But not everyone was happy. The Greek baseball players were beginning to worry about their prospects of making the team. Now that the Greek Olympic team was a serious medal contender, was there any place for them on the team? And what about Chuck and Bill, who continued to pursue their dream until the very last game the Greek team played? In the end, the tragic loss of Rob Derksen left a void that was irreparable.

A discussion with the director will follow the screening. Admission is free to the public.

Hellenic American Union, 22 Massalias Street, Αthens, tel 210 3680900.

Related Links > www.hau.gr

Hellenic Baseball Federation > http://www.baseballgreece.com/

Hellenic Olympic Committee > http://www.hoc.gr/EN/info/periodika/6o/3.asp


Panathinaikos triumphs in volleyball cup March 3, 2008

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Athens club drops final’s first set against underdogs EA Patras but wins title for second successive season with 3-1 score

Panathinaikos won the Greek volleyball cup for the second consecutive season, the fifth in the team’s history, with a 3-1 win over EA Patras on Saturday night. The cup triumph secures Panathinaikos a berth in next season’s Champions League.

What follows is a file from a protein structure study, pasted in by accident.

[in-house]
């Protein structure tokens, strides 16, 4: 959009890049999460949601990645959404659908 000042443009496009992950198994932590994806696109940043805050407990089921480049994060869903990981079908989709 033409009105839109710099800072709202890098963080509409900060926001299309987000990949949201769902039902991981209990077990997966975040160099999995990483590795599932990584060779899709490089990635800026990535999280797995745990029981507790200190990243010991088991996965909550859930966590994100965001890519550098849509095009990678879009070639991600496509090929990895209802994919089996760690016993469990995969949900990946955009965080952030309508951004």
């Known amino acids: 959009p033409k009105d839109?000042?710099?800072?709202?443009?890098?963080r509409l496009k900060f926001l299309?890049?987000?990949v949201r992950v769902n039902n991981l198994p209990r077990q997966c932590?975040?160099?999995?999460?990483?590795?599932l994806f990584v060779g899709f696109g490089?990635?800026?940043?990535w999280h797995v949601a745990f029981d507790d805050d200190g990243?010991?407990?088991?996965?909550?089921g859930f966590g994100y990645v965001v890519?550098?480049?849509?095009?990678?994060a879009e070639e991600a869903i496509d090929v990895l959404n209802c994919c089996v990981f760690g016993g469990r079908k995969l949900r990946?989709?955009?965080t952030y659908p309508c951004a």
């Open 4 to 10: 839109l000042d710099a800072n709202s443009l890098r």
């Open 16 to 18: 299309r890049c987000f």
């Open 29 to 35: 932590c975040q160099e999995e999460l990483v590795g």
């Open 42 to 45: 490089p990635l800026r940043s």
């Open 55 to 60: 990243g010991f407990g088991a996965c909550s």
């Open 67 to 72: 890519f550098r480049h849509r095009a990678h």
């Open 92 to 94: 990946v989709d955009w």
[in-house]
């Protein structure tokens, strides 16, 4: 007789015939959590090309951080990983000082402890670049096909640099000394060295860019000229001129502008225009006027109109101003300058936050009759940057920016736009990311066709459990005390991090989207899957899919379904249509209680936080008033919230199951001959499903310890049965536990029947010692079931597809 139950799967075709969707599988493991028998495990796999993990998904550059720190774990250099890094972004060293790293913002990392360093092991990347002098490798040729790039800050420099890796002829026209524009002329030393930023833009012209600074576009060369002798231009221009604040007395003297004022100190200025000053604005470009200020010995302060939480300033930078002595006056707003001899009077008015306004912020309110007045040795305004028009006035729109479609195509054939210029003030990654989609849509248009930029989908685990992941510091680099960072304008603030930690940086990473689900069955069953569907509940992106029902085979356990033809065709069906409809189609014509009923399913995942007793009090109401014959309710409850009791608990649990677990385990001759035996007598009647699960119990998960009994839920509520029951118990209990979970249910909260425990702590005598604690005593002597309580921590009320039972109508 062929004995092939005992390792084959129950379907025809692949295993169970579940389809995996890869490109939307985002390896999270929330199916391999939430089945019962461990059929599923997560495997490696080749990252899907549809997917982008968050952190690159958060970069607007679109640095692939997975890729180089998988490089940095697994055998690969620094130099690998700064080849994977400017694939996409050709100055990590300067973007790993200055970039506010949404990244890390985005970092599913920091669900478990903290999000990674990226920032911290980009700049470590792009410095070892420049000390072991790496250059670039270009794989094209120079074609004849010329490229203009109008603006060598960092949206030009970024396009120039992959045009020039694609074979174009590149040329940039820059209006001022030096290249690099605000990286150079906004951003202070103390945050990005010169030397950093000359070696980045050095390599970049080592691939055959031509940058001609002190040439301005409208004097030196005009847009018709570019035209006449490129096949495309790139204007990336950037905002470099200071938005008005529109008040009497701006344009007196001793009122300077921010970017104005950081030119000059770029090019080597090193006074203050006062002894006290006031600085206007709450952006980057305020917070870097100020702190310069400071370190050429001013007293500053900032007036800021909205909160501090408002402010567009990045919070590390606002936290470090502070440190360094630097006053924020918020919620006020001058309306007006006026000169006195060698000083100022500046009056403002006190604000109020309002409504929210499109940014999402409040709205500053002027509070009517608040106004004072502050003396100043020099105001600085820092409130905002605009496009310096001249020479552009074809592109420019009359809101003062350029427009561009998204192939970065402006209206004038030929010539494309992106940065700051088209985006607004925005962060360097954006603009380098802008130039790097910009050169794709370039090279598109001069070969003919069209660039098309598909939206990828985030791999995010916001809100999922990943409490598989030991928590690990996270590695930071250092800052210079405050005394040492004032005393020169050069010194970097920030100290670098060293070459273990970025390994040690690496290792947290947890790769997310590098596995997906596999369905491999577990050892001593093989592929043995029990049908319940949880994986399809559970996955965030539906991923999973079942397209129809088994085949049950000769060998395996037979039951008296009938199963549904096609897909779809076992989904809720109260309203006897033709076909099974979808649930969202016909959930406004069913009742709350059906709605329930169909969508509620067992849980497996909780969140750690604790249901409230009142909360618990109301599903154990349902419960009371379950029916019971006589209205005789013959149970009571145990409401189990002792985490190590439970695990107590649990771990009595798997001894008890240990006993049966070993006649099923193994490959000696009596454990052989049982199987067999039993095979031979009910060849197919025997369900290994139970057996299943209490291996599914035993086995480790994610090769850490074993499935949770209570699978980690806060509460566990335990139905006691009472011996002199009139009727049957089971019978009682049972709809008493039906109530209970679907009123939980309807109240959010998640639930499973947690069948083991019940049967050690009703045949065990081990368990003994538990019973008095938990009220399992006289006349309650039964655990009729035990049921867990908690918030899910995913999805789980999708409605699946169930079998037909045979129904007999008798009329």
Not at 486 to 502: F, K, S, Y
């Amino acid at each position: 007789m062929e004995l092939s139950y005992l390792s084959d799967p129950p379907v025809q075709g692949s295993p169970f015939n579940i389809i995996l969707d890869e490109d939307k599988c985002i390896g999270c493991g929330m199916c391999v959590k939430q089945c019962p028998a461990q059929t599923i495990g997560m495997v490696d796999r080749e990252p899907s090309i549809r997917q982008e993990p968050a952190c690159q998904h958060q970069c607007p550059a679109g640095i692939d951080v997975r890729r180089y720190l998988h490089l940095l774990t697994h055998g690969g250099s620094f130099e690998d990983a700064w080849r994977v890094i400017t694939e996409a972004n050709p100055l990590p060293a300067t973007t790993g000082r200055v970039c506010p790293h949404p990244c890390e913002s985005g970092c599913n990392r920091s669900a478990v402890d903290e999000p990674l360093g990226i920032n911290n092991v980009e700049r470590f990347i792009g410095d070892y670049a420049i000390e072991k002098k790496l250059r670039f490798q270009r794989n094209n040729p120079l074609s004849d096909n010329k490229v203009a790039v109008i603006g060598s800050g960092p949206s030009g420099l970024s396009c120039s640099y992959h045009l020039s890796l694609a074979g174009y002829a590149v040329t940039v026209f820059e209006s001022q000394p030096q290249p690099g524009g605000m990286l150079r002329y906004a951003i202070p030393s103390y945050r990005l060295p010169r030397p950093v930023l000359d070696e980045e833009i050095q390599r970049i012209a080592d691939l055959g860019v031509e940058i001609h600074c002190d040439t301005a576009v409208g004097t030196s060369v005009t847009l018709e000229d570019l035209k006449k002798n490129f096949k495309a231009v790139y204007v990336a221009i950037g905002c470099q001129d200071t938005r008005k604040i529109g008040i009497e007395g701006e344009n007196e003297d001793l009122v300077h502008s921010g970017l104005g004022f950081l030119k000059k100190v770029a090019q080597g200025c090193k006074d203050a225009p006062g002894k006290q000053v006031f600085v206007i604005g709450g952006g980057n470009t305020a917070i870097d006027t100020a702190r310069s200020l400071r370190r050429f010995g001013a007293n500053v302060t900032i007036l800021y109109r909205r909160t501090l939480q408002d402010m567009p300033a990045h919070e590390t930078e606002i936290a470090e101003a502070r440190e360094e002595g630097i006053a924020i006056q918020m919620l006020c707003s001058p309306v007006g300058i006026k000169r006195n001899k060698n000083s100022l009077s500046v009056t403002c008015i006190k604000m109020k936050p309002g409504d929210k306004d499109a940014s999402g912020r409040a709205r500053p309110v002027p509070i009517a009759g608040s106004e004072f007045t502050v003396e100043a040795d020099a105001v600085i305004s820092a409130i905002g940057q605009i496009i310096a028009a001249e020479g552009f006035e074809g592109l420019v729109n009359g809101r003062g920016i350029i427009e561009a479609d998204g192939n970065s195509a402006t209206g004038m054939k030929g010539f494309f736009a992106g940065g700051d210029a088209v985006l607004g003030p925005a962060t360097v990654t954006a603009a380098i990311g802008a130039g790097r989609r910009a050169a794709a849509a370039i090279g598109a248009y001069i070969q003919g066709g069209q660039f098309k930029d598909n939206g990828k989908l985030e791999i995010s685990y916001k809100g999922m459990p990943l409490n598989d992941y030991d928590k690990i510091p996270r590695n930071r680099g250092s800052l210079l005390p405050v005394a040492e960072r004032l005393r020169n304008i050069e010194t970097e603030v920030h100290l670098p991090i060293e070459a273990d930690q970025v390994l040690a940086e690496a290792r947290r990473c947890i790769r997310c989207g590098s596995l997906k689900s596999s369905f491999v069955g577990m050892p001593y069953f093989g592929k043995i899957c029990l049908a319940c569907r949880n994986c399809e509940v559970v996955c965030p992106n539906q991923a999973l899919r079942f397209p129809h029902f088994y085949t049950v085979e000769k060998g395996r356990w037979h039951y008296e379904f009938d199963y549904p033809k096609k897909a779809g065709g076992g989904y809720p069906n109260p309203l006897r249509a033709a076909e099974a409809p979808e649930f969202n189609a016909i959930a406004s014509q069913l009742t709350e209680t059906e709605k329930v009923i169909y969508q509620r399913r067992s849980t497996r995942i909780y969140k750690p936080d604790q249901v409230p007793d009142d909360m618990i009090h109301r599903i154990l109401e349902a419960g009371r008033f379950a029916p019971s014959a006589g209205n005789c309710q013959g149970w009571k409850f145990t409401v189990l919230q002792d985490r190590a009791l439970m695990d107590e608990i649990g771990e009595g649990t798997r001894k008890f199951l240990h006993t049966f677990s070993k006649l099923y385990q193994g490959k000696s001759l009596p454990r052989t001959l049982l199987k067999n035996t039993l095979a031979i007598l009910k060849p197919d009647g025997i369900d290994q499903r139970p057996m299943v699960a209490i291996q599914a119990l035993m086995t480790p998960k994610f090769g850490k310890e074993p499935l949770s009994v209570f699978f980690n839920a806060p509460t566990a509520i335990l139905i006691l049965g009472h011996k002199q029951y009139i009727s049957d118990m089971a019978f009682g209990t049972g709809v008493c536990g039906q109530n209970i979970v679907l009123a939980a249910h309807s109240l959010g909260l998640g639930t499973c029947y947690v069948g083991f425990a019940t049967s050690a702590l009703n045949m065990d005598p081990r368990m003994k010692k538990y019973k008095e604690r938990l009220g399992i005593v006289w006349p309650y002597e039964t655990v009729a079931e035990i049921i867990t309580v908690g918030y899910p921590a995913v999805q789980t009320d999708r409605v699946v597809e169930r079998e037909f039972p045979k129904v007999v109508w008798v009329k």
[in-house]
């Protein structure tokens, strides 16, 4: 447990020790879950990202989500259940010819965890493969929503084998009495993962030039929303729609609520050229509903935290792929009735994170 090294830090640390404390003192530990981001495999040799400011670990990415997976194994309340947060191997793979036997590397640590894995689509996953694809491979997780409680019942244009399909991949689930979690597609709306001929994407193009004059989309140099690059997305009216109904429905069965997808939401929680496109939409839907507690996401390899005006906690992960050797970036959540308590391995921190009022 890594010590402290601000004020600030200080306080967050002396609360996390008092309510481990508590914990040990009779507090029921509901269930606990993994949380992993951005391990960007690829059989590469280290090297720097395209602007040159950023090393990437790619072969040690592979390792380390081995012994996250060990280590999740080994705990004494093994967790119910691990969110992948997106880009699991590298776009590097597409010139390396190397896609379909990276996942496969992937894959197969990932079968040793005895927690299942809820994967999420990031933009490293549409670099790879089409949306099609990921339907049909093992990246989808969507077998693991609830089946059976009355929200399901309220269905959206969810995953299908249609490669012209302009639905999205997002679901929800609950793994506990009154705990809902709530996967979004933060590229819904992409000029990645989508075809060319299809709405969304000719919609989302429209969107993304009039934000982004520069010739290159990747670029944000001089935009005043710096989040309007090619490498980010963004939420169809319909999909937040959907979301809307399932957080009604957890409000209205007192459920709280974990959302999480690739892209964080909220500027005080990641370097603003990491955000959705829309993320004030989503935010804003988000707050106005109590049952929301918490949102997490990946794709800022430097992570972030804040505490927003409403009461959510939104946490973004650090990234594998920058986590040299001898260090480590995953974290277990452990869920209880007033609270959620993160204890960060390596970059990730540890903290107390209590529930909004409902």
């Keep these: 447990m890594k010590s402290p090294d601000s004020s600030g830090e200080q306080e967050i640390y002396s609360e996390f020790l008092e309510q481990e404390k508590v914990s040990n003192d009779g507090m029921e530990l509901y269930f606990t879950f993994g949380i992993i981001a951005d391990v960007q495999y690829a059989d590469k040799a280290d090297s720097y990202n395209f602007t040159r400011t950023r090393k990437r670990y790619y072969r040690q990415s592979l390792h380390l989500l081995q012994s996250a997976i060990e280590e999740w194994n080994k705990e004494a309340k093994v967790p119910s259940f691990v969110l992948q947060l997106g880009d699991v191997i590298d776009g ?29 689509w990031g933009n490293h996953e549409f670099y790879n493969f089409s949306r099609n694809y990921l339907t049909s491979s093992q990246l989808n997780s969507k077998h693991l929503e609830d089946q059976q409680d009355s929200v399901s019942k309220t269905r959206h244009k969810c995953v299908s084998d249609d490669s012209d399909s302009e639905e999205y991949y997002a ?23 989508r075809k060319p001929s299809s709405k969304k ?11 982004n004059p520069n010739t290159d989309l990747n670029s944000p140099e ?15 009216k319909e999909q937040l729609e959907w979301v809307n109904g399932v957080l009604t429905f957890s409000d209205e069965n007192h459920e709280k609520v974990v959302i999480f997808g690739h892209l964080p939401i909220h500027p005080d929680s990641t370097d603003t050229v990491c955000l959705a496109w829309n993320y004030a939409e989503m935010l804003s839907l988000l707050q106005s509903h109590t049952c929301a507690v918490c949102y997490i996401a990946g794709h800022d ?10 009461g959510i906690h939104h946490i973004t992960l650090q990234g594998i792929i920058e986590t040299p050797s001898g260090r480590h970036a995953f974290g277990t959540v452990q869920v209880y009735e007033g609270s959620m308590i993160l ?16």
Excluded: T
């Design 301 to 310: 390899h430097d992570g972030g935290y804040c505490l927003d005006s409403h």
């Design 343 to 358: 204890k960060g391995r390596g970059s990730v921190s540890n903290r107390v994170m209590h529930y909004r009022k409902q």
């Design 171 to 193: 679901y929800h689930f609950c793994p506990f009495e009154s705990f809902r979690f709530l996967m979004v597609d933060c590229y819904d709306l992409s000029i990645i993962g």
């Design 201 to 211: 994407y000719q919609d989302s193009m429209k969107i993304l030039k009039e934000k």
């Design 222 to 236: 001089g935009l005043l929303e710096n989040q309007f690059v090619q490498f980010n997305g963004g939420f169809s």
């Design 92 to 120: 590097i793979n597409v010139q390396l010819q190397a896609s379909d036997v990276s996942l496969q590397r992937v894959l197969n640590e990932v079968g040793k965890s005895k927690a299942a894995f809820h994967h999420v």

“This was my first title in Greece with Panathinaikos and I am pleased that we have secured our entry to the next Champions League,” said coach Mauro Berruto, whose team is already through to the quarterfinals this season.

Panathinaikos lost the cup final’s first set 25-21 but rebounded powerfully to demolish any chance of an upset result. The Athens club went on to win the next three sets 25-16, 25-18 and 25-17. The volleyball cup final win was the first for Panathinaikos in all its sporting divisions this season, the historic Athens club’s centennial year.

EA Patras coach Giorgos Christopoulos described the final’s outcome as a fair result. “We believed we could win the cup but lost our concentration after the first set, and the world class of some Panathinaikos players made the difference,” said Christopoulos. “Our aim now is to play in Europe.”